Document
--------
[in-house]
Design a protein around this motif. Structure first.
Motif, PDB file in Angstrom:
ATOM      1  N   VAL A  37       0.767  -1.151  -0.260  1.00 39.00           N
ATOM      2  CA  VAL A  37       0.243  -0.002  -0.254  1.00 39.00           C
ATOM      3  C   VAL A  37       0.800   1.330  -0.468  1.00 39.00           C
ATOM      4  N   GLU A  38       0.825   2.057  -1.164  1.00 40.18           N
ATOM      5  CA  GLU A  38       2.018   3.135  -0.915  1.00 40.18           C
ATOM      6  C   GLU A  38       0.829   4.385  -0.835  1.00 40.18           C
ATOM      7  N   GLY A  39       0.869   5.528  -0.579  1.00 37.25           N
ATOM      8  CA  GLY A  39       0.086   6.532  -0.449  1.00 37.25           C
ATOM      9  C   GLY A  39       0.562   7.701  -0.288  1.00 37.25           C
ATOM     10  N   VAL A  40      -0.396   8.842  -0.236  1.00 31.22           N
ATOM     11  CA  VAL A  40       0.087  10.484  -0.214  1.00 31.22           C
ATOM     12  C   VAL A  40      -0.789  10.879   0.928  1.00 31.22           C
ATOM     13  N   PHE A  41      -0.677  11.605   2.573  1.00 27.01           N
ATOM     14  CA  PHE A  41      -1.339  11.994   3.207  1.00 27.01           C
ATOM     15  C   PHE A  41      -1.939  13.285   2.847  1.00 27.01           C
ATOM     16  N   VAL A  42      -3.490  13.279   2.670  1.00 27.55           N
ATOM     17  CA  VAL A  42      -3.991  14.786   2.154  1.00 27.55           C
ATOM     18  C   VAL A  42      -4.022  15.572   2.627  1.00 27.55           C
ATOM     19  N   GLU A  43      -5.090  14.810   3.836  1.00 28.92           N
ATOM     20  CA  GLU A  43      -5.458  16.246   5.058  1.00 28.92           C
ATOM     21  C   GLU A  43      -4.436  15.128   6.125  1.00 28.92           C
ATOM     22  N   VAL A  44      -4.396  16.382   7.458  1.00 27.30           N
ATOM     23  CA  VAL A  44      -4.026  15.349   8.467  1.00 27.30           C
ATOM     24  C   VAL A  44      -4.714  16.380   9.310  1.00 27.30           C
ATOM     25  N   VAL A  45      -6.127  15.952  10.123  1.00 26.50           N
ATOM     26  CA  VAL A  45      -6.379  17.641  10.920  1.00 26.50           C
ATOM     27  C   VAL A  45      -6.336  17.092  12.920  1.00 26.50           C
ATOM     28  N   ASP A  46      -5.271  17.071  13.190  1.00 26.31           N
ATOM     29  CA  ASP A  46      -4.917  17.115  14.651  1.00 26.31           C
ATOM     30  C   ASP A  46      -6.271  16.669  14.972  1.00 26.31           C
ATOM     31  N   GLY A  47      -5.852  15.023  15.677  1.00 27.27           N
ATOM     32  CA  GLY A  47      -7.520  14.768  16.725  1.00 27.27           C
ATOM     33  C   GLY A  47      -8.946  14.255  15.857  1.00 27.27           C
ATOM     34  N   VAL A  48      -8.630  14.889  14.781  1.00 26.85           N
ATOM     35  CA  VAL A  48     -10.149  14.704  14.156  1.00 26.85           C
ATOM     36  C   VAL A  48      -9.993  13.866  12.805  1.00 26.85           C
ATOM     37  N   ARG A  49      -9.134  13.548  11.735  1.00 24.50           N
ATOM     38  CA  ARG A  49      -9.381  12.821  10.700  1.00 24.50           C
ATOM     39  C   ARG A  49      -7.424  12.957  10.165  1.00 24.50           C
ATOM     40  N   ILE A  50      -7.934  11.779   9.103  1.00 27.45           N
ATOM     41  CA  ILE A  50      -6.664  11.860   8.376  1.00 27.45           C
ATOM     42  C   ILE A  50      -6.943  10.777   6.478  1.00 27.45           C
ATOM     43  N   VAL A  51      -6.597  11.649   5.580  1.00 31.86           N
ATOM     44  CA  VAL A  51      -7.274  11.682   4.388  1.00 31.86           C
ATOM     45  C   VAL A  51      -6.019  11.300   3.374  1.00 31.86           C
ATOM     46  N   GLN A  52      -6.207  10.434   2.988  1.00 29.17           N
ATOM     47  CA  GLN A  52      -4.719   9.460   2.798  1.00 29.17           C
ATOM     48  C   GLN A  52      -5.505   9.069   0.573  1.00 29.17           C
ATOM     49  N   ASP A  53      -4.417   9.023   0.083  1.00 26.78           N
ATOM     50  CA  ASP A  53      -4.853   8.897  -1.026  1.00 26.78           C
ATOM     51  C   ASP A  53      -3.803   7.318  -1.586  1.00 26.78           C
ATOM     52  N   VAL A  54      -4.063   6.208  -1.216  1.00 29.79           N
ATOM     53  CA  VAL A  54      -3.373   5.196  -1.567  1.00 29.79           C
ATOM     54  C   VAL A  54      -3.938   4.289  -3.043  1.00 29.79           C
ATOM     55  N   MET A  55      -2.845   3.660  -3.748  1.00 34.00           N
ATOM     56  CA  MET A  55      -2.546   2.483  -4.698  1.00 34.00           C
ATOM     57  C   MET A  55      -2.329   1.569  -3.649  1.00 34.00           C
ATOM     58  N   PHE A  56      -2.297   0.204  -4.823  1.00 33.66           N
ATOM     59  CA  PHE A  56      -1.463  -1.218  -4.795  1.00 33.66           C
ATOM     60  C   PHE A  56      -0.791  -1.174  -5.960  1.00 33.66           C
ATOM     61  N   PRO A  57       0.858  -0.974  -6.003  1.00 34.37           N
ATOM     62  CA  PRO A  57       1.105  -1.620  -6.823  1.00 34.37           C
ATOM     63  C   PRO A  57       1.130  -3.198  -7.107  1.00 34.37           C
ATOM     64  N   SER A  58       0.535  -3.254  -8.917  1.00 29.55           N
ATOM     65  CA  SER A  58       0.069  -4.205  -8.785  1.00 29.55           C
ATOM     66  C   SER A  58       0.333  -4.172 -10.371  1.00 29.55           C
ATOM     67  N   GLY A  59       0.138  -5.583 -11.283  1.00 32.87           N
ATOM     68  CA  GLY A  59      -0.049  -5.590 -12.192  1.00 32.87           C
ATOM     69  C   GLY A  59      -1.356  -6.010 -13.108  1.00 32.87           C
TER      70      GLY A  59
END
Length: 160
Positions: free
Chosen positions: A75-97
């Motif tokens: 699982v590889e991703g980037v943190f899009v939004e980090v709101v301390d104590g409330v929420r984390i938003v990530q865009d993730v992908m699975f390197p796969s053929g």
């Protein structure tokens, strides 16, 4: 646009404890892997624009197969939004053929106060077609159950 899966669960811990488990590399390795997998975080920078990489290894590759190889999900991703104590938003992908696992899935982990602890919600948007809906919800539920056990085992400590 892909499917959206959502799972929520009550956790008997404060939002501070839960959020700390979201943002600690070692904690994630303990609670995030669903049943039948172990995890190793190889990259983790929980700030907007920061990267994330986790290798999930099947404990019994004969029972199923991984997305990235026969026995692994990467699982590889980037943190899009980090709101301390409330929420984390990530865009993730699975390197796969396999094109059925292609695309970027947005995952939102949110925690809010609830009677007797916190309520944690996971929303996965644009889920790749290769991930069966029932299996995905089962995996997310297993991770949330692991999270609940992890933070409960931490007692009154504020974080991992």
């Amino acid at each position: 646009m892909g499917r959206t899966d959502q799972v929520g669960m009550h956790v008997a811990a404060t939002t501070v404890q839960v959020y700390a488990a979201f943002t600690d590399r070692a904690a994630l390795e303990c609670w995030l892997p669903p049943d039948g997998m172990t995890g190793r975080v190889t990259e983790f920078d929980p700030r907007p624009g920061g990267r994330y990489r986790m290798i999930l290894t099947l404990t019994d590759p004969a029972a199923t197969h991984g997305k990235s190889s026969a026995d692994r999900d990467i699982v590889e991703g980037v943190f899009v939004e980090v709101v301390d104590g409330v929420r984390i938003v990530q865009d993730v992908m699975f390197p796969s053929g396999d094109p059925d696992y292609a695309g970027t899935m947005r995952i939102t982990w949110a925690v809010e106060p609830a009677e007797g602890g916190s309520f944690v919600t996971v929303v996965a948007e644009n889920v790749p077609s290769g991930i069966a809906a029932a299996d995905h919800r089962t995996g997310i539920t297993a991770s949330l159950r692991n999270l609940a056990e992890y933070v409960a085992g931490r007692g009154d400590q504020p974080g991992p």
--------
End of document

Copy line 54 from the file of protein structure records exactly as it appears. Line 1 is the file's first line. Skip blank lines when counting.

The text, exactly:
ATOM     51  C   ASP A  53      -3.803   7.318  -1.586  1.00 26.78           C